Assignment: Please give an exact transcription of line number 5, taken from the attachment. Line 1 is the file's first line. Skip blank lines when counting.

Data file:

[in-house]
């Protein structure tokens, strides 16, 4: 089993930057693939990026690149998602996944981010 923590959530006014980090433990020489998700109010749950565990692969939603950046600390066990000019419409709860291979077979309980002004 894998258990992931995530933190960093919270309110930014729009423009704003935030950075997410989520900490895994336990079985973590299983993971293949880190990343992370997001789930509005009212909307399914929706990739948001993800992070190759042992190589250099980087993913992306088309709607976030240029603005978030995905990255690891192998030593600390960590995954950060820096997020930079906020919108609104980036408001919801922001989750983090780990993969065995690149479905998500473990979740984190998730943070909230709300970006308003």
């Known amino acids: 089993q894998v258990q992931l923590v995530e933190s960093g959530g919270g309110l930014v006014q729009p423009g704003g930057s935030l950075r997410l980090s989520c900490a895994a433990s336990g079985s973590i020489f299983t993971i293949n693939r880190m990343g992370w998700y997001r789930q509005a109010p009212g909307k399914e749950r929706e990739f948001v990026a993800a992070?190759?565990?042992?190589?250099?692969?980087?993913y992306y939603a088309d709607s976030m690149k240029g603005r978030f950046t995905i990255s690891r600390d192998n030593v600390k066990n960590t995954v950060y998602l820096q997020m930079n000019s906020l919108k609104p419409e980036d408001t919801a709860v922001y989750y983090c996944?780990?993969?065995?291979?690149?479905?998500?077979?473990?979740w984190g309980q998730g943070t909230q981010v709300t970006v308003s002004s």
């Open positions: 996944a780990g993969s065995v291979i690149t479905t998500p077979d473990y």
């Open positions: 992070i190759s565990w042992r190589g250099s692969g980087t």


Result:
């Open positions: 992070i190759s565990w042992r190589g250099s692969g980087t």